Annotated Bibliography of Resources for Educational Reform, Coherent Teaching Practice, and Improved Student Learning

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  • Carter, K. (1993). The place of story in the study of teaching and teacher education. Educational Researcher, 22 (1), 5-12, 18.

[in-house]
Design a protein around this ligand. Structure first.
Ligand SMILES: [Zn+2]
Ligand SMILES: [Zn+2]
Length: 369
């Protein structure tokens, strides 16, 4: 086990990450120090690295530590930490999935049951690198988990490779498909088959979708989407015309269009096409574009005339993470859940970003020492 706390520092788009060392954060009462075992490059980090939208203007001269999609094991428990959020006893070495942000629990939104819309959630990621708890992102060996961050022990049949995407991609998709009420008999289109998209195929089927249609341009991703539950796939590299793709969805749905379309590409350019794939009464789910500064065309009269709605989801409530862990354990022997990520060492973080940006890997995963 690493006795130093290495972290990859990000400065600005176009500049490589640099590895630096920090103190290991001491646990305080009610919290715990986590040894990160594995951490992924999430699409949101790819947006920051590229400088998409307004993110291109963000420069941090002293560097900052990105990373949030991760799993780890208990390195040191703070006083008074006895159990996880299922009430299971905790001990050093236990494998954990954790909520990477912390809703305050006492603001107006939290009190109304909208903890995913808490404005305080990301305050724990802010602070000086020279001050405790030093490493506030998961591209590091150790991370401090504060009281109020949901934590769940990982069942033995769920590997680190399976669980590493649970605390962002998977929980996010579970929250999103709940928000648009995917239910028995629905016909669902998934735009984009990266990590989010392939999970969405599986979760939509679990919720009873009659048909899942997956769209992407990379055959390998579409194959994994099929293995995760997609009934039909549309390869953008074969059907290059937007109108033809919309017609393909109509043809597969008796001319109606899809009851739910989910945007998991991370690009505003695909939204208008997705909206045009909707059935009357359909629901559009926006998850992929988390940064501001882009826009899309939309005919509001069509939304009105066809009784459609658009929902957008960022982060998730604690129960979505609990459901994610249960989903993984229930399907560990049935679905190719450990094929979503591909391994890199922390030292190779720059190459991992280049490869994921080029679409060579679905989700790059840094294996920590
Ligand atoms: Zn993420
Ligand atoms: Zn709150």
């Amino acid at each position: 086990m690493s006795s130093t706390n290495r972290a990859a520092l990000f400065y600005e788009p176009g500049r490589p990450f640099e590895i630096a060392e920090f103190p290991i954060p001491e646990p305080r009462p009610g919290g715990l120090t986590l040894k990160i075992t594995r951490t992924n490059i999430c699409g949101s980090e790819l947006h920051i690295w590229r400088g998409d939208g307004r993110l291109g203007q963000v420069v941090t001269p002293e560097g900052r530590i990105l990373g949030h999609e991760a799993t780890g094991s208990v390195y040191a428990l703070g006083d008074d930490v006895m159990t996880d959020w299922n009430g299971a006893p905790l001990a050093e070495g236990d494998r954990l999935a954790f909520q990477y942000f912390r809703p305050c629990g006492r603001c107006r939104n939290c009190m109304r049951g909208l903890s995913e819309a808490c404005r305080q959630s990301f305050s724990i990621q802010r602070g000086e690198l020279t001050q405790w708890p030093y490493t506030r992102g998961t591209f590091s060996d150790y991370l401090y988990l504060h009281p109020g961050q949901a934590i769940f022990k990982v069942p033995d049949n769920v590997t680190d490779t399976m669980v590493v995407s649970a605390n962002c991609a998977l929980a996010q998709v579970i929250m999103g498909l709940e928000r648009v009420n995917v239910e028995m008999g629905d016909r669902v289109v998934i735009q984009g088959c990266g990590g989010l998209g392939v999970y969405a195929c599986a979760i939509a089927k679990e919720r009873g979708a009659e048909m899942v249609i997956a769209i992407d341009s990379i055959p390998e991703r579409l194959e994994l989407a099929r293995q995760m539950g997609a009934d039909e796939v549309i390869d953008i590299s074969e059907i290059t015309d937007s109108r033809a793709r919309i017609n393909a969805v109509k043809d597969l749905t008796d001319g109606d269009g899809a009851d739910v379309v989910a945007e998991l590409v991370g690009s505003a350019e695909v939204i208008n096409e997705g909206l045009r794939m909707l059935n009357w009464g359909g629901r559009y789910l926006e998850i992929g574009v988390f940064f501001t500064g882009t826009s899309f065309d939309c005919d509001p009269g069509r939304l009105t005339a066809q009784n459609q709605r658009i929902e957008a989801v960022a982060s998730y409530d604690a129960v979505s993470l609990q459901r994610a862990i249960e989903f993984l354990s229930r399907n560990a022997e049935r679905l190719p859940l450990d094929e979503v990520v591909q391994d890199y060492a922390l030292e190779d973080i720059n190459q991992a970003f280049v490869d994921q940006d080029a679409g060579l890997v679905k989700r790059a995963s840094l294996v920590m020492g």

There are growing numbers of researchers using story and narrative to describe both the method and object of inquiry in teaching. Carter's purpose in this paper is to clarify the arguments for incorporating story into research activities, and to consider major issues related to the use of story as a research method. Stories consist of events, characters, and settings arranged in a temporal sequence that implies both causality and significance. Stories capture complexity, interconnectedness, and the richness and nuances of meaning. They accommodate ambiguity and dilemma. Teachers' knowledge is event structured, and stories seem to provide access to their knowledge. Thus, the notion of story as a way of knowing and thinking is of particular significance to those engaged in contemporary research on teaching. A vigorous research agenda is developing around the stories teachers tell. Many in the field have turned to stories out of concern for voice, gender, and power issues. Previously, stories told about teachers by researchers tended to be stories of the deficient teacher, told by the "invisible" narrator who assumes a superior attitude toward the character. The story of this deficient teacher is, like all stories, a theory of something, although this was not explicitly stated. Although Carter joins in the movement away from those kinds of stories, she cautions against giving special status to teachers' stories. Care should be taken not to imply that teachers are the privileged authors who have direct access to "truth." Their stories are constructions that give meaning to events and should be treated as such. Nonetheless, these stories can advance the knowledge of teaching if used appropriately. Issues of interpretation, authenticity, normative value, and purposes in telling stories in the first place should be of critical importance to researchers using story methods.

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